Love Story: Concert Guide Edition

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Twenty dollars (plus approximately six dollars for “fees”… questionable, but not worth your attention).

Three hours (plus approximately thirty minutes for transit to and from the destination).

Eleven-hundred strangers (plus approximately one friend for companionship, eight recognizable yet nameless classmates, and a grad student that TA-ed the dullest English classes you’ve ever taken).

The result? A heart-filling, life-giving, perspective-changing experience.

If I have a soft spot for recorded music, then I have a gooey spot for live music. We’re talking about summer fling turned lifelong marriage. Falling head-over-heels in love might sound intimidating (commitment levels these days seem to be at an all-time low), but rest assured, this is a bond you secretly crave and won’t regret. The best part? It can happen to anyone at any time.

It starts slowly, innocently even. The event pops up on social media. Perhaps Bandsintown sends you an email. Perhaps someone clicks “interested” or “going” to the event on Facebook. Perhaps Instagram listened in on your late-night jam sessions and decided to pleasantly surprise you with a concert ad on your feed (guilty as charged). Perhaps you get a text with a link to “Ticketmaster” from a friend. The possibilities are almost endless — what matters is that you are notified about a band/artist/group/musician coming to an area near you to perform. Live. In person. Within sweat-flinging-from-lead-singer’s-forehead-and-landing-on-your-forehead distance. This time, the perspiration will belong to Nicholas Petricca, the lead singer of “Walk the Moon.”

The spark has been ignited once you’ve been exposed to the event. No longer is fate the sole driver of this relationship, no longer are you just a passive passenger. Action is required. AKA, it’s ticket-buying time. Sure, you might face a few moments of hesitation, and a pestering voice in your head might ask:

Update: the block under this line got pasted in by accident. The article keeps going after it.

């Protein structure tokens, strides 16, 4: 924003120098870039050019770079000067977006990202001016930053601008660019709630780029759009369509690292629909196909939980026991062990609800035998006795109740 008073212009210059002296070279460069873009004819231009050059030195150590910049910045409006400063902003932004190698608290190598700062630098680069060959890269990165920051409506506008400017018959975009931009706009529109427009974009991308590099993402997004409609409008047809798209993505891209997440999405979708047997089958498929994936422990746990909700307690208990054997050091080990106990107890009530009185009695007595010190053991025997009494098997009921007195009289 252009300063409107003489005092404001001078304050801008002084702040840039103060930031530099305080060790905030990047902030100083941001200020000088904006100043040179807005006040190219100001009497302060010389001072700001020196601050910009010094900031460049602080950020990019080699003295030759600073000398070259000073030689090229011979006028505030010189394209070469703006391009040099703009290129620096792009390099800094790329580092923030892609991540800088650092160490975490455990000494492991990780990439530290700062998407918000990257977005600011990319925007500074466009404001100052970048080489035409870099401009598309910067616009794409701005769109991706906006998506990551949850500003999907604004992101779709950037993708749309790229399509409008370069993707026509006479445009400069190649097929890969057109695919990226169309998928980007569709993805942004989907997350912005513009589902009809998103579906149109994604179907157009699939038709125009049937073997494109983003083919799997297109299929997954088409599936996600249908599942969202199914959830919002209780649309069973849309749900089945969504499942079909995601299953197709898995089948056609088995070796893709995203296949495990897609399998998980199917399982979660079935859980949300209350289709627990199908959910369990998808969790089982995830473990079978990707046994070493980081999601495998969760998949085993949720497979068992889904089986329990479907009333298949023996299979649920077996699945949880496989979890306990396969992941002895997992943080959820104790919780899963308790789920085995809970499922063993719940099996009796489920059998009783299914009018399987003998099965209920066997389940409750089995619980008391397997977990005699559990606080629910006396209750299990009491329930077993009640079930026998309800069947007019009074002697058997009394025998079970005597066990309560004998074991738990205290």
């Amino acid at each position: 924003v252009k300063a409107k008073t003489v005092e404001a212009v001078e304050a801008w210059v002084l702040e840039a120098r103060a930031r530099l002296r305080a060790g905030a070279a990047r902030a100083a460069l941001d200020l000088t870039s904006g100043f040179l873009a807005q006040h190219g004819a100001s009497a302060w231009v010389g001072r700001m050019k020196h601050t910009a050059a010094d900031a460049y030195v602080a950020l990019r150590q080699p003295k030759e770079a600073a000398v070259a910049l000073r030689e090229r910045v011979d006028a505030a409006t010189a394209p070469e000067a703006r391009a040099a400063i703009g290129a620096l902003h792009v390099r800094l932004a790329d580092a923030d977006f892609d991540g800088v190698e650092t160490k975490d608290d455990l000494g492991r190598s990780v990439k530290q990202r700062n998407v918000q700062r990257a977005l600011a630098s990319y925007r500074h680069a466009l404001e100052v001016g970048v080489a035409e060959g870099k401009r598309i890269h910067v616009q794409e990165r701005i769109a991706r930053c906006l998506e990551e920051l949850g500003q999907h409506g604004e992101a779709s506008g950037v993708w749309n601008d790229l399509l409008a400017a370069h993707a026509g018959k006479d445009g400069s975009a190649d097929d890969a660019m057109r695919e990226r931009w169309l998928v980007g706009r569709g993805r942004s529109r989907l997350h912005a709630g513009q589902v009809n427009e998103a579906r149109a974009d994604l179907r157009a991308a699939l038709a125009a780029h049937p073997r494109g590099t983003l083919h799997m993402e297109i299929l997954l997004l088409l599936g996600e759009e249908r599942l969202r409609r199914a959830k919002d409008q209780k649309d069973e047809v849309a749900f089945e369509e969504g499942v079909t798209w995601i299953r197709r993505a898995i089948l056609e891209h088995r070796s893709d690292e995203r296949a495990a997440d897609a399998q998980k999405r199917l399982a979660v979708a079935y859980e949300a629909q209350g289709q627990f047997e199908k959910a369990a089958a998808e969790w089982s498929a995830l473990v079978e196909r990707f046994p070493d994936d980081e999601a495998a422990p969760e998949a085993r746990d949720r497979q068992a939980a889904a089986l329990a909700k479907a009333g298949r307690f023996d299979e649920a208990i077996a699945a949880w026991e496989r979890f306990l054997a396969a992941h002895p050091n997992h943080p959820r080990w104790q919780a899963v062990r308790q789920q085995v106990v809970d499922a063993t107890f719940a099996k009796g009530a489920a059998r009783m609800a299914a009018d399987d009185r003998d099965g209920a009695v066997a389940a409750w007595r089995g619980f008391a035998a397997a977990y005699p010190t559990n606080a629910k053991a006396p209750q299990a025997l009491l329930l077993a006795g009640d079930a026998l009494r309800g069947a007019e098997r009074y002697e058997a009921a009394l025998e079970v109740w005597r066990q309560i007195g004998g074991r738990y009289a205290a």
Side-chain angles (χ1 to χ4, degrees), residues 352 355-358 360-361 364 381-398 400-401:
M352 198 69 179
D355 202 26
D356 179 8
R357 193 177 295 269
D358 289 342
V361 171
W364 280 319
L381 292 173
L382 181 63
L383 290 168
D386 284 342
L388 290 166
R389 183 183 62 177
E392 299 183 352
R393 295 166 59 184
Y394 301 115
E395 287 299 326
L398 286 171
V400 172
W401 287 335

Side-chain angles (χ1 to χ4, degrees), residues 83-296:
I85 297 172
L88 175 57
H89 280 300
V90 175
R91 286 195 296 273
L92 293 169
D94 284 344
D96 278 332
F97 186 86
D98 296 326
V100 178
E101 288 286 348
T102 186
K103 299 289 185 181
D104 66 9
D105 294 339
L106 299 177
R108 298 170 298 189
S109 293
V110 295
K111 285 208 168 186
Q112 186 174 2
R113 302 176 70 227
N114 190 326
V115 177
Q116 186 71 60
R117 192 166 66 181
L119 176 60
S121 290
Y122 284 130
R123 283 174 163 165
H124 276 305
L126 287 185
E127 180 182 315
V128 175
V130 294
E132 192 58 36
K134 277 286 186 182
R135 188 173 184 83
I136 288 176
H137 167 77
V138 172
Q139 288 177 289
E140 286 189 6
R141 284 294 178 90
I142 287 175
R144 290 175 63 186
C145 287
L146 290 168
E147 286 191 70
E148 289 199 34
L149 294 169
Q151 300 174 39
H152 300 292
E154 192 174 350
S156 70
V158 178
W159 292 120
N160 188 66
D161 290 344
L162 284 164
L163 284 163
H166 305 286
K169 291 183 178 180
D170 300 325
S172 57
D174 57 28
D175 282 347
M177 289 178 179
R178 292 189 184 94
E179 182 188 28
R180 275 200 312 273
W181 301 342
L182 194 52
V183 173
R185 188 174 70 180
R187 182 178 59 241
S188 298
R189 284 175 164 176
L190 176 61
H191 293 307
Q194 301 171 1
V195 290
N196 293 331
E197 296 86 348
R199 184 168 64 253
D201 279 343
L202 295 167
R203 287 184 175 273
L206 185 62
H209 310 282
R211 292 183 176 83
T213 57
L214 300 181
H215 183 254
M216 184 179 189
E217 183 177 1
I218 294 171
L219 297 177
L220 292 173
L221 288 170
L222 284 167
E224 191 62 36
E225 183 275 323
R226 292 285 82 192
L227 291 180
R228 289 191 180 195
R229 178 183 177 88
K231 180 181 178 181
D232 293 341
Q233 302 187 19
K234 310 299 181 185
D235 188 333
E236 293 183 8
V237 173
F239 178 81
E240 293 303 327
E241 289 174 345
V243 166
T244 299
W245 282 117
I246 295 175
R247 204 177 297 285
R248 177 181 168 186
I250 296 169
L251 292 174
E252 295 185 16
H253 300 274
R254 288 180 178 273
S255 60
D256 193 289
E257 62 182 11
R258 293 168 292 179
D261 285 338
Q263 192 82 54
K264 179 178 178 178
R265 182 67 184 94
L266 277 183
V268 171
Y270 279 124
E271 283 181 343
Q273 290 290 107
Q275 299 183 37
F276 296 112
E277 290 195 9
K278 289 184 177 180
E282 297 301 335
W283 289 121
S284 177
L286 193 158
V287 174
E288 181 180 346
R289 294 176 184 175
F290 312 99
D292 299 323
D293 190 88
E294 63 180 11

• “do I really need to go to this concert?”
  • “should I be spending my money on ‘extraneous’ activities?”
  • “what if another invitation/event comes up that night?”

Answers:

  • absolutely, this is essentially a matter of merely surviving versus truly thriving
  • duh – what else is money for?
  • dear FOMO: it’s not gonna happen

The decision is crystal clear: it’s go time.

Making the first move is often painted as a paralyzing, complicated, overwhelming experience, but it’s not. It’s simple, it’s beautiful, and it comes with a side of adrenaline. What’s not to love about that?

Click a few boxes, type a few words, verify that you are a human being alive on this planet, and voila, you’re done. You have successfully secured your ticket to a night overflowing with soul-filling energy.

This is where the heat picks up, for anticipation is a beautiful but unruly beast. Plus, if you’re like me, imagination quickly and easily adds fuel to the fire. Thus, it’s time to prepare for the Big Night. What does this entail? First things first: earbuds in. At. All. Times. Lip-sync lyrics (“oooOOOO ANNNNNNA SUUUUUUN”), visualize dance moves (#longlivetheheadbob), brainstorm potential set lists (always include encores) – go the whole nine-yards, my friend. You might suddenly find yourself googling increasingly more and more obscure facts about the band members in question: How many pets did the drummer grow up with? How tall is the band’s manager? What is the bassist’s favorite cuisine? Does the lead singer still have wisdom teeth? You get the idea. Do yourself a favor and embrace this curiosity; run full steam ahead; you have nothing to lose and everything to gain!

Before you know it, it’s show-day. Nerves are high, but excitement is higher. The butterflies in your stomach probably feel more like puppies playfully romping over one another. Have no fear, though, for your preparation is paying off as even the most ordinary sounds orchestrate a fantastical melody. The rustling of the wind complements the sing-songy beat of your footsteps; the bustling in the dining hall is a catchy, unpredictable refrain; you perceive a rhythmic pattern while listening to your professor lecture – you might even begin to wonder if this 76-year-old PhD holder was a rapper in their past life. You are neither losing your mind nor diving in too deep. You are simply ready for a life-altering experience.